Empowerment and autonomy

Even when there is trust within the group, leaders must empower teams by trusting them to do their best work. A little autonomy goes a long way, increasing engagement, motivation, and improved decision-making. Freedom to act aside, true empowerment can’t happen unless employees have the tools they need to do their jobs. For example, a centralized communication platform, access to relevant content, and productivity tools integrated into a shared workspace simplify interactions and ensure all team members are on a level playing field whether they are working in the office or remotely

Strategies for promoting collaboration

Now that we have a framework to describe a collaborative culture, let’s look at the essential building blocks you must implement to ensure success. 

1. Leadership support and modeling

All aspects of company culture start from the top. Leading by example is the best way to demonstrate commitment to a collaborative culture, so building a management team to support these goals is critical. Reward leaders who demonstrate their commitment to a collaborative culture, as this will inspire others to take up the charge. 

2. Creating collaborative spaces

Physical workspaces play a pivotal role in fostering collaboration. Design cross-functional spaces to support collaboration. Provide plenty of whiteboards, audio-visual tools, interactive screens, or whatever is appropriate for your teams and their tasks. For remote and hybrid teams, virtual platforms are also vital. Teams should be able to continue their projects seamlessly from wherever they are working without compromising technology or connectivity with their teammates. 

3. Team building activities and workshops

Organizing team activities outside the workspace is an excellent way for employees to get to know each other personally. Team building exercises that require strategy help to build trust and bring people closer as they learn each other’s strengths. Workshops and training sessions are also great ways to unite teams as they provide a platform for discussion based on a common objective.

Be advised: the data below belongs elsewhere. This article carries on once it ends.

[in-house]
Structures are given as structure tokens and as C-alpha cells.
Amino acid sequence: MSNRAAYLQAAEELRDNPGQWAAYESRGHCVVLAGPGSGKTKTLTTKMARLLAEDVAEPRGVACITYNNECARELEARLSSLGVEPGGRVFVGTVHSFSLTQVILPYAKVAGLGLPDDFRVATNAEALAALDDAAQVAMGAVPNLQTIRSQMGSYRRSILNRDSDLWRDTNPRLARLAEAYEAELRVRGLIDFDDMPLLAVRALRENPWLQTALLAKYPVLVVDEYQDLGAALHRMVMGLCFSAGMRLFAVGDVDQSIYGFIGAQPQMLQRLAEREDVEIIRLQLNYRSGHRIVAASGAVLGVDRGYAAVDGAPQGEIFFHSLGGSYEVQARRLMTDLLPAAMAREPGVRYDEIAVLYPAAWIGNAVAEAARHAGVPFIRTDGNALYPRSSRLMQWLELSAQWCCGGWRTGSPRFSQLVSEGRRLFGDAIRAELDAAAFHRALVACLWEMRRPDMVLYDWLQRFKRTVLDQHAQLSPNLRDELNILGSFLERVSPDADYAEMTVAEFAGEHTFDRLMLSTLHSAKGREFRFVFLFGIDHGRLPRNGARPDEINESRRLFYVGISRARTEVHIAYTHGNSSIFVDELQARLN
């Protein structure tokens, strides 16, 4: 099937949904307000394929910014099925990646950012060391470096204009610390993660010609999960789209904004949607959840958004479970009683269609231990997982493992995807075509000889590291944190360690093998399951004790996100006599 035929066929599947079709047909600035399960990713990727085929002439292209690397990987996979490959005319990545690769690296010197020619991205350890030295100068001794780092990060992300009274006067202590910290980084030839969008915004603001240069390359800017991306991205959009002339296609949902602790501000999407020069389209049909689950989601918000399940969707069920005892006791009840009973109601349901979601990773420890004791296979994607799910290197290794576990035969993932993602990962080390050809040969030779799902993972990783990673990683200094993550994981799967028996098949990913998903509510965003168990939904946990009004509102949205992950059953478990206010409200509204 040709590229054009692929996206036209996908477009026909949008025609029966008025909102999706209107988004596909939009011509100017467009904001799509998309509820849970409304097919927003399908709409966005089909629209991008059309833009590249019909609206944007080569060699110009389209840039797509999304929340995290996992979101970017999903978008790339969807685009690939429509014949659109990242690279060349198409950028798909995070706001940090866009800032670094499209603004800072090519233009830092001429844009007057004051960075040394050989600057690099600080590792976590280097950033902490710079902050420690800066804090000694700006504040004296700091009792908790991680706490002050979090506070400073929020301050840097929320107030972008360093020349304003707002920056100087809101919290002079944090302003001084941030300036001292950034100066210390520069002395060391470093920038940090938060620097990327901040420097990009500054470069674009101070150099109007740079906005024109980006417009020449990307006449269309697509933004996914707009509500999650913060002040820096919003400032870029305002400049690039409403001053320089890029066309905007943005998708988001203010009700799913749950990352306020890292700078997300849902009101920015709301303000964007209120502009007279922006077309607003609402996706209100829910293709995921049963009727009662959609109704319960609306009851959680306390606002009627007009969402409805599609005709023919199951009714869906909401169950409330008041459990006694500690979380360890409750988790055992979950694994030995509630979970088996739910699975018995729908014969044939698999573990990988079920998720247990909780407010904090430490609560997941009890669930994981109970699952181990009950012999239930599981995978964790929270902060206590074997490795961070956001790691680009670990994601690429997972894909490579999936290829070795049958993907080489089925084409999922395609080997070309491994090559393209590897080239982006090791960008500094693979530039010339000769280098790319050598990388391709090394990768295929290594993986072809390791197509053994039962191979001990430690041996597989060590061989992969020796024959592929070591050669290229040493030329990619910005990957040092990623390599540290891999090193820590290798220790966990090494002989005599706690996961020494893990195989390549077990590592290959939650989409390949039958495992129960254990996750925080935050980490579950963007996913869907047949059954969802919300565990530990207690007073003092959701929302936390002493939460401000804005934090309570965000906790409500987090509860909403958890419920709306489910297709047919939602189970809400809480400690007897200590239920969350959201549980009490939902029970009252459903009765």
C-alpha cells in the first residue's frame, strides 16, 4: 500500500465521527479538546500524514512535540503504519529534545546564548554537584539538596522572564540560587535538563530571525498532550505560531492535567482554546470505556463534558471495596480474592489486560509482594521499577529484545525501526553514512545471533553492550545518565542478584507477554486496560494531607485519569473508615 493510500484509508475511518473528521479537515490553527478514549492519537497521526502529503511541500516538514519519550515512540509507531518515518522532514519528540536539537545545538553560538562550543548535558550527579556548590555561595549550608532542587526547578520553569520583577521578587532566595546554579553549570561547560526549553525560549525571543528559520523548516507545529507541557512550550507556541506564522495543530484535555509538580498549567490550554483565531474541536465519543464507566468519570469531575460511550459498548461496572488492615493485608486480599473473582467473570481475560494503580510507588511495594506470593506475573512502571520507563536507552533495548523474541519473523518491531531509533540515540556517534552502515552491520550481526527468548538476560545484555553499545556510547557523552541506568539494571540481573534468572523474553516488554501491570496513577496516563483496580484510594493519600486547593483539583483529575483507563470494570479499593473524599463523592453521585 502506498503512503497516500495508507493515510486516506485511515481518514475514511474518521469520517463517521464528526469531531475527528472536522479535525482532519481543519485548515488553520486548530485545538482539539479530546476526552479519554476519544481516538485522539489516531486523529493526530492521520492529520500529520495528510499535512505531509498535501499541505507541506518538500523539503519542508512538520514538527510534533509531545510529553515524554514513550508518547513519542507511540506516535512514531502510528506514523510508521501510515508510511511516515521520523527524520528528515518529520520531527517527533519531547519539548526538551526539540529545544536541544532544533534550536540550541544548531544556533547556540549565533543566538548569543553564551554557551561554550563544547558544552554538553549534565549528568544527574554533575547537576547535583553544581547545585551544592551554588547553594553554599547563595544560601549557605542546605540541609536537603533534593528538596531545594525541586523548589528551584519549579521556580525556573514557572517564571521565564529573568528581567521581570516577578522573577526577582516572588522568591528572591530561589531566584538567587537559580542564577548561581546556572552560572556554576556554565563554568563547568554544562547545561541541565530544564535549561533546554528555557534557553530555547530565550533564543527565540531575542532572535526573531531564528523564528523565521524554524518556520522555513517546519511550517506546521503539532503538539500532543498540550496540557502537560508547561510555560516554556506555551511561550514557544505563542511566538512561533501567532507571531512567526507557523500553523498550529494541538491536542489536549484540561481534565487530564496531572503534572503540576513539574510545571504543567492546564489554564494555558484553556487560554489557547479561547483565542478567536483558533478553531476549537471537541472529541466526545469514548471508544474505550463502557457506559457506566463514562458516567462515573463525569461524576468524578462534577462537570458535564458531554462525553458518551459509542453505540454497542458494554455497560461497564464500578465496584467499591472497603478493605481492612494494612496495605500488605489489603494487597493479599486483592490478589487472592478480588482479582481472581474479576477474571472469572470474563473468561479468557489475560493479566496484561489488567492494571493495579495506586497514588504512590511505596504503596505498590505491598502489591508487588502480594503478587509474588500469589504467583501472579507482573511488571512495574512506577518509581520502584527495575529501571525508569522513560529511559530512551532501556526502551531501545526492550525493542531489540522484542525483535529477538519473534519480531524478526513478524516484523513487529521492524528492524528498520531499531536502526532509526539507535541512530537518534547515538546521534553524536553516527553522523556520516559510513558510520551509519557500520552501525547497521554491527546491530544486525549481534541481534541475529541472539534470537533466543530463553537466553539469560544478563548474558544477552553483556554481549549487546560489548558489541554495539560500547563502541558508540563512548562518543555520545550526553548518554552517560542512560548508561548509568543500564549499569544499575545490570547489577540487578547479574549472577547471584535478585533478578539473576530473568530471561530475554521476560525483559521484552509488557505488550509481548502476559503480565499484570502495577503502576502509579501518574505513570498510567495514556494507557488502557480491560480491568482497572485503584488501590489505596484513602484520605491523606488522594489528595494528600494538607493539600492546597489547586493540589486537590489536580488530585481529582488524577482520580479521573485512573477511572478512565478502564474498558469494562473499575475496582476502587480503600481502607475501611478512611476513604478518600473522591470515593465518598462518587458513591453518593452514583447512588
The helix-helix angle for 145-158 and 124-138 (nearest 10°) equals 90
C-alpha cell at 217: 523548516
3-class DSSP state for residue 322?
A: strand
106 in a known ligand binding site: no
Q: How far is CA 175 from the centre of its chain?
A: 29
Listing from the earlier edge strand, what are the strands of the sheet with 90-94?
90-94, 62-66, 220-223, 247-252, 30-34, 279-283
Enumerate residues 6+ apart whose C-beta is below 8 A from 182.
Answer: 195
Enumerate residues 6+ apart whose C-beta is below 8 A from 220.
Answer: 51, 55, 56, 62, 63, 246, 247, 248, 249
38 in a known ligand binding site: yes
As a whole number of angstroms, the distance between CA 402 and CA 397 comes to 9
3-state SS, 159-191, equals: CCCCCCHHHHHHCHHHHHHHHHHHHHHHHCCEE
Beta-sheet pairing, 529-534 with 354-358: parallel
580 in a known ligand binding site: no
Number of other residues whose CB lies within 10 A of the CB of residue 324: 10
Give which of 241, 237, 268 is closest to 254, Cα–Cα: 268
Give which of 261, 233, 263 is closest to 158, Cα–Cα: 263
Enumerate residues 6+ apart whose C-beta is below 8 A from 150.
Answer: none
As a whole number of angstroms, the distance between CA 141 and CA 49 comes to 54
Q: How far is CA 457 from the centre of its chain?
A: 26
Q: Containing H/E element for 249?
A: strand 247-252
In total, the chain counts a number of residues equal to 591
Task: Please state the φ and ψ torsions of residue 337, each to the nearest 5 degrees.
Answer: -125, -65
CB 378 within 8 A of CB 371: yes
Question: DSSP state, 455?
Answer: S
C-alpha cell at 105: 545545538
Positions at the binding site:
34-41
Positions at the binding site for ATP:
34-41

4. Cross-functional collaboration

Cross-functional teams can supercharge results. Case in point: sales and marketing are separate departments, but their work is symbiotic. When the two are aligned, marketing can feed sales the content they need, and sales can help marketing understand customer sentiment so they can improve their messaging. When disparate departments and teams can visualize the bigger picture, they will work together to ensure everyone succeeds. 

5. Technology for collaboration

The right software is essential to support a collaborative culture. Ideally, you’ll want to make it as easy as possible for employees to be able to do their jobs. Provide them with a platform that integrates the software they most use, including communication, content creation, and project management tools so they can do their work, connect with their teammates, and keep projects moving forward. 

Overcoming challenges in building a collaborative culture

Establishing a collaborative culture doesn’t just happen. If you’re starting at a disadvantage, such as if your culture is inherently disconnected, it will take vision, dedication, and consistency to manifest change. 

Employees need to trust that the collaborative process will be good for them. Circling back to some of the building blocks mentioned earlier in the article, transparency and autonomy are essential. 

There are bound to be disagreements, but when managers and leaders are committed to active resolution, conflict can be mitigated. It’s critical to address conflict when it occurs and not to allow it to fester. 

Final thoughts on building a collaborative culture

Fostering a culture of collaboration might take some effort. Still, with the right approach, technology, and leadership, your teams will thrive beyond what would be possible if every employee worked independently. Shared purpose is a powerful thing. When we nurture a culture of collaboration, we enable our teams and the company in countless ways. 


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Randi Sherman